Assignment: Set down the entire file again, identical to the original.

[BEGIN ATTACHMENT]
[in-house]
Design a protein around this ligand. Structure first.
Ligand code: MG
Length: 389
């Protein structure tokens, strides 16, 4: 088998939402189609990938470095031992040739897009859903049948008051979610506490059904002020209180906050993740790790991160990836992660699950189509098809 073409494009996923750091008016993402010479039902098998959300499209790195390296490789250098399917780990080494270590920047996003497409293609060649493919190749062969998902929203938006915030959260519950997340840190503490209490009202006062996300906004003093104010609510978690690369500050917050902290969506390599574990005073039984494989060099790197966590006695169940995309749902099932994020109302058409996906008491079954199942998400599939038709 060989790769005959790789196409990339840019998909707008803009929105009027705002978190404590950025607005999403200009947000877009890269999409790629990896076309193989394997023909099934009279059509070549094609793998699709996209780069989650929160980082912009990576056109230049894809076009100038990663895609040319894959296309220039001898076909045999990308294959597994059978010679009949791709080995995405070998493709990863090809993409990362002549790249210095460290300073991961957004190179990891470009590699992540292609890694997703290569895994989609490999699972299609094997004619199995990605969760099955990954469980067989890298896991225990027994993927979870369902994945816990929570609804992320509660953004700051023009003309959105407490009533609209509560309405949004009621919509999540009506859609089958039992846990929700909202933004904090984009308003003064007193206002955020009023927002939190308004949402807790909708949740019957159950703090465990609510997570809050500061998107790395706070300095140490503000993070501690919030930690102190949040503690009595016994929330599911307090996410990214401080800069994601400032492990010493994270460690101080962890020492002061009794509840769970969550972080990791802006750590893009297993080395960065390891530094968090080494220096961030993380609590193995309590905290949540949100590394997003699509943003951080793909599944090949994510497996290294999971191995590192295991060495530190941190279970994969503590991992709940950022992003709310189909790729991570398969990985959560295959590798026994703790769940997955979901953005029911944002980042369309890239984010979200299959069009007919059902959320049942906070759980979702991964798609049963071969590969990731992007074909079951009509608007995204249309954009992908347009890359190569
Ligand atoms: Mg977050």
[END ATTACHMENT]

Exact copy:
[in-house]
Design a protein around this ligand. Structure first.
Ligand code: MG
Length: 389
């Protein structure tokens, strides 16, 4: 088998939402189609990938470095031992040739897009859903049948008051979610506490059904002020209180906050993740790790991160990836992660699950189509098809 073409494009996923750091008016993402010479039902098998959300499209790195390296490789250098399917780990080494270590920047996003497409293609060649493919190749062969998902929203938006915030959260519950997340840190503490209490009202006062996300906004003093104010609510978690690369500050917050902290969506390599574990005073039984494989060099790197966590006695169940995309749902099932994020109302058409996906008491079954199942998400599939038709 060989790769005959790789196409990339840019998909707008803009929105009027705002978190404590950025607005999403200009947000877009890269999409790629990896076309193989394997023909099934009279059509070549094609793998699709996209780069989650929160980082912009990576056109230049894809076009100038990663895609040319894959296309220039001898076909045999990308294959597994059978010679009949791709080995995405070998493709990863090809993409990362002549790249210095460290300073991961957004190179990891470009590699992540292609890694997703290569895994989609490999699972299609094997004619199995990605969760099955990954469980067989890298896991225990027994993927979870369902994945816990929570609804992320509660953004700051023009003309959105407490009533609209509560309405949004009621919509999540009506859609089958039992846990929700909202933004904090984009308003003064007193206002955020009023927002939190308004949402807790909708949740019957159950703090465990609510997570809050500061998107790395706070300095140490503000993070501690919030930690102190949040503690009595016994929330599911307090996410990214401080800069994601400032492990010493994270460690101080962890020492002061009794509840769970969550972080990791802006750590893009297993080395960065390891530094968090080494220096961030993380609590193995309590905290949540949100590394997003699509943003951080793909599944090949994510497996290294999971191995590192295991060495530190941190279970994969503590991992709940950022992003709310189909790729991570398969990985959560295959590798026994703790769940997955979901953005029911944002980042369309890239984010979200299959069009007919059902959320049942906070759980979702991964798609049963071969590969990731992007074909079951009509608007995204249309954009992908347009890359190569
Ligand atoms: Mg977050």